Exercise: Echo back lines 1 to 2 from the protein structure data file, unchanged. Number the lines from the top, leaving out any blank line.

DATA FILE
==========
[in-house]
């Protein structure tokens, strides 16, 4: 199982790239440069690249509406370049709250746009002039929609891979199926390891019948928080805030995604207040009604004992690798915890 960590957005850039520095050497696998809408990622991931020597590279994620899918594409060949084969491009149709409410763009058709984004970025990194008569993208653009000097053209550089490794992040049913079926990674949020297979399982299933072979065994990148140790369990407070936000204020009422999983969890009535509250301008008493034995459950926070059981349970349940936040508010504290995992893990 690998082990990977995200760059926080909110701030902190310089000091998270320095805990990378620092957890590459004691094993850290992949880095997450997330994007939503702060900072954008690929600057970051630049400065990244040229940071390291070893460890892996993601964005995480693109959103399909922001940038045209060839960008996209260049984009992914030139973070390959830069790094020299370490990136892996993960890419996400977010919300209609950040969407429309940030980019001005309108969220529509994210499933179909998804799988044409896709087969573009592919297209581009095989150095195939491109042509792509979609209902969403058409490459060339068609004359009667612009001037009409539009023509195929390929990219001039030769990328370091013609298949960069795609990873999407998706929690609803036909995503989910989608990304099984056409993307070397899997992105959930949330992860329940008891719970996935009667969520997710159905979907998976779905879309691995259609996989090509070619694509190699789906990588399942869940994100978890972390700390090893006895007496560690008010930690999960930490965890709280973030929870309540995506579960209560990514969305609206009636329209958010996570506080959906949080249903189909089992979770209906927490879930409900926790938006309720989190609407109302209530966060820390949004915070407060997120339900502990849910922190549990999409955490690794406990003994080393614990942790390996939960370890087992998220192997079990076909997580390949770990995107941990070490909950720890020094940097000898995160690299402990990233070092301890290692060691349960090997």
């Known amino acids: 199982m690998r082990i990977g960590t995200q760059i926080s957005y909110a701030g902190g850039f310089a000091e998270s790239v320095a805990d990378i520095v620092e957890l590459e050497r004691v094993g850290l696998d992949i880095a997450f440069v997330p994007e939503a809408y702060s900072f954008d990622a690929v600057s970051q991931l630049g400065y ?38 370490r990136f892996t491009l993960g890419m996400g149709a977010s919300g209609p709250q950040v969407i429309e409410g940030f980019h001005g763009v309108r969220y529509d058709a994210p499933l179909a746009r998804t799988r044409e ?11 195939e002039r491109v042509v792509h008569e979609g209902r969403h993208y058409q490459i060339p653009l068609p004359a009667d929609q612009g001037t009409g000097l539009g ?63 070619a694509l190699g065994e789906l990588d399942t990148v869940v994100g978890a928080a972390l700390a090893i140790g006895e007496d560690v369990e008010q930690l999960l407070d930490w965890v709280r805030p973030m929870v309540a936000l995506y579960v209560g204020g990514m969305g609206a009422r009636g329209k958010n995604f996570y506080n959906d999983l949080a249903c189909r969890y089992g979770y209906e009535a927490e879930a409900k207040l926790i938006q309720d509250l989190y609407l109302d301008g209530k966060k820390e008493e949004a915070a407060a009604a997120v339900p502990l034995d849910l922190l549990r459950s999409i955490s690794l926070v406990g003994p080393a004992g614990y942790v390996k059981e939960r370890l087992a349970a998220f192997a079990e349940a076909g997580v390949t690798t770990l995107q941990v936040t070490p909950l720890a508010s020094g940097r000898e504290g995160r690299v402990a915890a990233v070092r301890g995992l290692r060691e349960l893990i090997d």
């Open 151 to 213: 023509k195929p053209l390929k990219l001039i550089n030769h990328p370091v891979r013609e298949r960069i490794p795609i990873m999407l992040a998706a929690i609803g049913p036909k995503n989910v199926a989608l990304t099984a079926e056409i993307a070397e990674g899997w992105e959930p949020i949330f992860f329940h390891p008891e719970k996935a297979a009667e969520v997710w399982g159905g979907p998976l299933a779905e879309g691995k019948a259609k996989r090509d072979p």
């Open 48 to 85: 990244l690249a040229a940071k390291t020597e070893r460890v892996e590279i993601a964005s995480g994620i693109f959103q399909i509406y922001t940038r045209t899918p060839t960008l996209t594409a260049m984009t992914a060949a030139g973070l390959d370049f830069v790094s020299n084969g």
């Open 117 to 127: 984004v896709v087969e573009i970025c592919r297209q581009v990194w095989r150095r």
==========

[in-house]
């Protein structure tokens, strides 16, 4: 199982790239440069690249509406370049709250746009002039929609891979199926390891019948928080805030995604207040009604004992690798915890 960590957005850039520095050497696998809408990622991931020597590279994620899918594409060949084969491009149709409410763009058709984004970025990194008569993208653009000097053209550089490794992040049913079926990674949020297979399982299933072979065994990148140790369990407070936000204020009422999983969890009535509250301008008493034995459950926070059981349970349940936040508010504290995992893990 690998082990990977995200760059926080909110701030902190310089000091998270320095805990990378620092957890590459004691094993850290992949880095997450997330994007939503702060900072954008690929600057970051630049400065990244040229940071390291070893460890892996993601964005995480693109959103399909922001940038045209060839960008996209260049984009992914030139973070390959830069790094020299370490990136892996993960890419996400977010919300209609950040969407429309940030980019001005309108969220529509994210499933179909998804799988044409896709087969573009592919297209581009095989150095195939491109042509792509979609209902969403058409490459060339068609004359009667612009001037009409539009023509195929390929990219001039030769990328370091013609298949960069795609990873999407998706929690609803036909995503989910989608990304099984056409993307070397899997992105959930949330992860329940008891719970996935009667969520997710159905979907998976779905879309691995259609996989090509070619694509190699789906990588399942869940994100978890972390700390090893006895007496560690008010930690999960930490965890709280973030929870309540995506579960209560990514969305609206009636329209958010996570506080959906949080249903189909089992979770209906927490879930409900926790938006309720989190609407109302209530966060820390949004915070407060997120339900502990849910922190549990999409955490690794406990003994080393614990942790390996939960370890087992998220192997079990076909997580390949770990995107941990070490909950720890020094940097000898995160690299402990990233070092301890290692060691349960090997």